Google’s DeepMind has introduced the latest version of its AlphaFold artificial intelligence model, capable of predicting the structures of various biological molecules.
- The latest model can generate predictions for almost all molecules in the Protein Data Bank (PDB), achieving atomic accuracy.
- Predicted structures include ligands, nucleic acids, and molecules with post-translational modifications (PTMs).
Google‘s DeepMind has unveiled the latest iteration of its AlphaFold artificial intelligence model for drug discovery and biological research.
The new AlphaFold model can predict the 3D structures of various biological molecules, including proteins, ligands, nucleic acids, and post-translational modifications.
Nearly five years ago, DeepMind introduced the original AlphaFold, which had the remarkable ability to accurately predict the structures of various proteins within the human body. Fast forward to 2020, the AI company followed up with the new and improved AlphaFold2 (AF2). This brings us to today. According to their blogpost, the lates model “can now generate predictions for nearly all molecules in the Protein Data Bank (PDB), frequently reaching atomic accuracy.”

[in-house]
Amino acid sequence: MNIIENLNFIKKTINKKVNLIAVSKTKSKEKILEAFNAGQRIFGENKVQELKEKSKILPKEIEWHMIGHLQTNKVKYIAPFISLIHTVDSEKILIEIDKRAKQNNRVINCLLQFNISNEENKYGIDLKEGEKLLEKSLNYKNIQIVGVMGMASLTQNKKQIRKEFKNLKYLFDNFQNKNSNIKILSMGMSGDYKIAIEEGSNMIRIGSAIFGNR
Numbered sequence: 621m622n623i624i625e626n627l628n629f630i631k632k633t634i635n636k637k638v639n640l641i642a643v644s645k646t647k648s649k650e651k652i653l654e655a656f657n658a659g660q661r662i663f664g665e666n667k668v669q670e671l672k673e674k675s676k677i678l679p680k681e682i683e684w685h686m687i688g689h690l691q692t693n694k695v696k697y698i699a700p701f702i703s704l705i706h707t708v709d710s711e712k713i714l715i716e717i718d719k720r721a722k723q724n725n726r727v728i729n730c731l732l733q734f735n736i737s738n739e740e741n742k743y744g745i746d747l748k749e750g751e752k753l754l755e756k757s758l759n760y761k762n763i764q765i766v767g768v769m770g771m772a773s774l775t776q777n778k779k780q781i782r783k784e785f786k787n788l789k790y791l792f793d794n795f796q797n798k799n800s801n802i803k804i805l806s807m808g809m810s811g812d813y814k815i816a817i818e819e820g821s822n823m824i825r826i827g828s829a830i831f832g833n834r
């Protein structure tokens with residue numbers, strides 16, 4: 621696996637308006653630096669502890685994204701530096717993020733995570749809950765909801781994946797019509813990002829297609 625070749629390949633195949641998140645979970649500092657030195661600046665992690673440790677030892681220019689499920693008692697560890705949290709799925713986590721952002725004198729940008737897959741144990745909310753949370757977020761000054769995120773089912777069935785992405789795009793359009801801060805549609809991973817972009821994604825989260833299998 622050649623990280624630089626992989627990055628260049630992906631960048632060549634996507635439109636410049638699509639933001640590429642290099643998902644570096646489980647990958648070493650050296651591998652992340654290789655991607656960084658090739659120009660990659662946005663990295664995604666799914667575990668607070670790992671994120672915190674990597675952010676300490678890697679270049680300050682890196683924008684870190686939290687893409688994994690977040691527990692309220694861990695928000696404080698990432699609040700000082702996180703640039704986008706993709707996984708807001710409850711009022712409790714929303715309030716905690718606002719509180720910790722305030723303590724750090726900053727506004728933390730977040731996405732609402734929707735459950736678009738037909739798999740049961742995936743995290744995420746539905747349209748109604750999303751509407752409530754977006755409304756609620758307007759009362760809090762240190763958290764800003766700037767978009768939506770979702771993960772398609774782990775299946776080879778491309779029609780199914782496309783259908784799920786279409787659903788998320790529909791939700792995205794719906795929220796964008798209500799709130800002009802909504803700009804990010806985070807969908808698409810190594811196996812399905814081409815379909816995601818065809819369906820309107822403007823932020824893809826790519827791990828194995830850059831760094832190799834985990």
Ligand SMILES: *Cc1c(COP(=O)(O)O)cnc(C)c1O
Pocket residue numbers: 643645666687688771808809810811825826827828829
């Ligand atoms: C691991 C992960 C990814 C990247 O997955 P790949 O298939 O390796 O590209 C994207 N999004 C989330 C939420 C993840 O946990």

The model can predict for:
- Ligands: Small molecules that bind to proteins and other biomolecules.
- Nucleic Acids: Biological molecules that store and transmit genetic information, such as deoxyribonucleic acid (DNA) and ribonucleic acid (RNA).
- Molecules with post-translational modifications (PTMs): protein that has been modified after it has been translated from RNA.
This ability to predict protein-ligand structures is particularly promising for drug discovery. It can help scientists identify and design new molecules that could serve as drugs. This AI has a neat party trick. It can predict these structures without relying on pre-existing information about the protein’s structure or the exact position where the ligand binds to the protein. A far cry from the current docking methods that require some degree of prior knowledge of the structure. I can’t even solve a crossword puzzle without at least one hint…
This means that scientists can explore new proteins that are yet to be characterized. Also, it can represent the inherent flexibility of proteins and nucleic acids as they interact with other molecules. And that is something traditional docking methods fall short of doing.
AlphaFold’s impact has already been felt in the scientific community, with more than 1.4 million users from over 190 countries accessing the AlphaFold Protein Structure Database. Scientists have utilized AlphaFold’s predictions to accelerate research on a wide range of topics, including malaria vaccines, cancer drug development, and environmental solutions.
DeepMind’s AI can come in handy when it comes to disease pathways, genomics, biorenewable materials, plant immunity, and potential therapeutic targets.
Oh, the places you will go, AlphaFold!
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